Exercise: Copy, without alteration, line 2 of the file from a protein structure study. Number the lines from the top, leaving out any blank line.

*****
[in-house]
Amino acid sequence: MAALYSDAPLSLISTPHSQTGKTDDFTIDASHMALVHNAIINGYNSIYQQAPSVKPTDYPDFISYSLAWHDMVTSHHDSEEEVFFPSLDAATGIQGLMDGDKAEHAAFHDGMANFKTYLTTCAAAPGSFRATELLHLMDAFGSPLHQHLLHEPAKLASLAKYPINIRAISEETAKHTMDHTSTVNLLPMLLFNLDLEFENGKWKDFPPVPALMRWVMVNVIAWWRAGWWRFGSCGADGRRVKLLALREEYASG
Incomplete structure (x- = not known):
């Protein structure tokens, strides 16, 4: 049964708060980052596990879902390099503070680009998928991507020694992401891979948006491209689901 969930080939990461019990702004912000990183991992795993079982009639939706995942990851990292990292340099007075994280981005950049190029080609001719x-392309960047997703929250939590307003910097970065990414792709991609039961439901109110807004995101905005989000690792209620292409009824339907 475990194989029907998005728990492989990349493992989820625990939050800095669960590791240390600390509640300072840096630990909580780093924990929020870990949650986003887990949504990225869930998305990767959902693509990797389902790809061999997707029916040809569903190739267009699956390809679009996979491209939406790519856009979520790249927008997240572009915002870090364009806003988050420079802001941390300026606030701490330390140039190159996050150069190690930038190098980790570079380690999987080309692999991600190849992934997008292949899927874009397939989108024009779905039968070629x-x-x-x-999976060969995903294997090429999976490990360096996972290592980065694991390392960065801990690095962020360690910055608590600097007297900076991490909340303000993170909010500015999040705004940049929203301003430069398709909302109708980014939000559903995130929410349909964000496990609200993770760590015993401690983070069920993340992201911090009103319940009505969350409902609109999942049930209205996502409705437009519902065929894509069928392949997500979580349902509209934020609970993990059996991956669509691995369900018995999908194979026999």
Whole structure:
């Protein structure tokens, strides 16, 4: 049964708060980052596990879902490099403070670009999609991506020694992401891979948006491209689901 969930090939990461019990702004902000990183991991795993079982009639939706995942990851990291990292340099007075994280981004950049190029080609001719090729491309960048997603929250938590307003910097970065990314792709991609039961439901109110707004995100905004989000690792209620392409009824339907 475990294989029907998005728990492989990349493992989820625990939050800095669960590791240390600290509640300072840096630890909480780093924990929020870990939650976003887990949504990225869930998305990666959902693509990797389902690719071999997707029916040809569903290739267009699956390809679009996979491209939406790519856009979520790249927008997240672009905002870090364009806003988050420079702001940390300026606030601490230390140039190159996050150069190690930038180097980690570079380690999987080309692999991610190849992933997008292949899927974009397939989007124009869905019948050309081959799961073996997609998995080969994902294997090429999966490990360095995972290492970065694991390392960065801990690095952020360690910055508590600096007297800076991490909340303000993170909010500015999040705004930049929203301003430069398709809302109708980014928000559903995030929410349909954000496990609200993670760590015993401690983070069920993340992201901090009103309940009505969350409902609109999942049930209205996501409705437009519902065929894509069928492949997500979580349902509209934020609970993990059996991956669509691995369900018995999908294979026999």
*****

Amino acid sequence: MAALYSDAPLSLISTPHSQTGKTDDFTIDASHMALVHNAIINGYNSIYQQAPSVKPTDYPDFISYSLAWHDMVTSHHDSEEEVFFPSLDAATGIQGLMDGDKAEHAAFHDGMANFKTYLTTCAAAPGSFRATELLHLMDAFGSPLHQHLLHEPAKLASLAKYPINIRAISEETAKHTMDHTSTVNLLPMLLFNLDLEFENGKWKDFPPVPALMRWVMVNVIAWWRAGWWRFGSCGADGRRVKLLALREEYASG